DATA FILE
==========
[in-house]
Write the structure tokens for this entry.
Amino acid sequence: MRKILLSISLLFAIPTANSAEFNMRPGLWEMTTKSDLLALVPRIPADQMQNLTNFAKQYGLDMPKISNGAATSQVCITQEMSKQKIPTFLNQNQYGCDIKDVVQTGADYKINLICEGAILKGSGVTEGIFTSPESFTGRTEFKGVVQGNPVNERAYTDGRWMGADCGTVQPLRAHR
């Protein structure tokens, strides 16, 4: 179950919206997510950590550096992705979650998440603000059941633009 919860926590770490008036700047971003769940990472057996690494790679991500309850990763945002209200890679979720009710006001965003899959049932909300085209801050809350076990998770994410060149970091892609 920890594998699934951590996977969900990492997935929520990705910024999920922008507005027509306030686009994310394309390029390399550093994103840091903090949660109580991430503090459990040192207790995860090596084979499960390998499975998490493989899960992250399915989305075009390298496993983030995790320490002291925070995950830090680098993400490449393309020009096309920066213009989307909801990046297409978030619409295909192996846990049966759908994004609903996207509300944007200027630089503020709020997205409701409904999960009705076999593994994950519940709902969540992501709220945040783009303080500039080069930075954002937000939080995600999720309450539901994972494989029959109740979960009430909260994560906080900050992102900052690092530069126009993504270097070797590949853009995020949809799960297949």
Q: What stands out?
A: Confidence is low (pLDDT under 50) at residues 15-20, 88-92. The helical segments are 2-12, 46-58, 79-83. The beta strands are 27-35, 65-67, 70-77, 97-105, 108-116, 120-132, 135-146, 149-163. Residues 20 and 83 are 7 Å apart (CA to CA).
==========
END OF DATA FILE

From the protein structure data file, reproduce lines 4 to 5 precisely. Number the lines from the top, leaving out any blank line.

């Protein structure tokens, strides 16, 4: 179950919206997510950590550096992705979650998440603000059941633009 919860926590770490008036700047971003769940990472057996690494790679991500309850990763945002209200890679979720009710006001965003899959049932909300085209801050809350076990998770994410060149970091892609 920890594998699934951590996977969900990492997935929520990705910024999920922008507005027509306030686009994310394309390029390399550093994103840091903090949660109580991430503090459990040192207790995860090596084979499960390998499975998490493989899960992250399915989305075009390298496993983030995790320490002291925070995950830090680098993400490449393309020009096309920066213009989307909801990046297409978030619409295909192996846990049966759908994004609903996207509300944007200027630089503020709020997205409701409904999960009705076999593994994950519940709902969540992501709220945040783009303080500039080069930075954002937000939080995600999720309450539901994972494989029959109740979960009430909260994560906080900050992102900052690092530069126009993504270097070797590949853009995020949809799960297949």
Q: What stands out?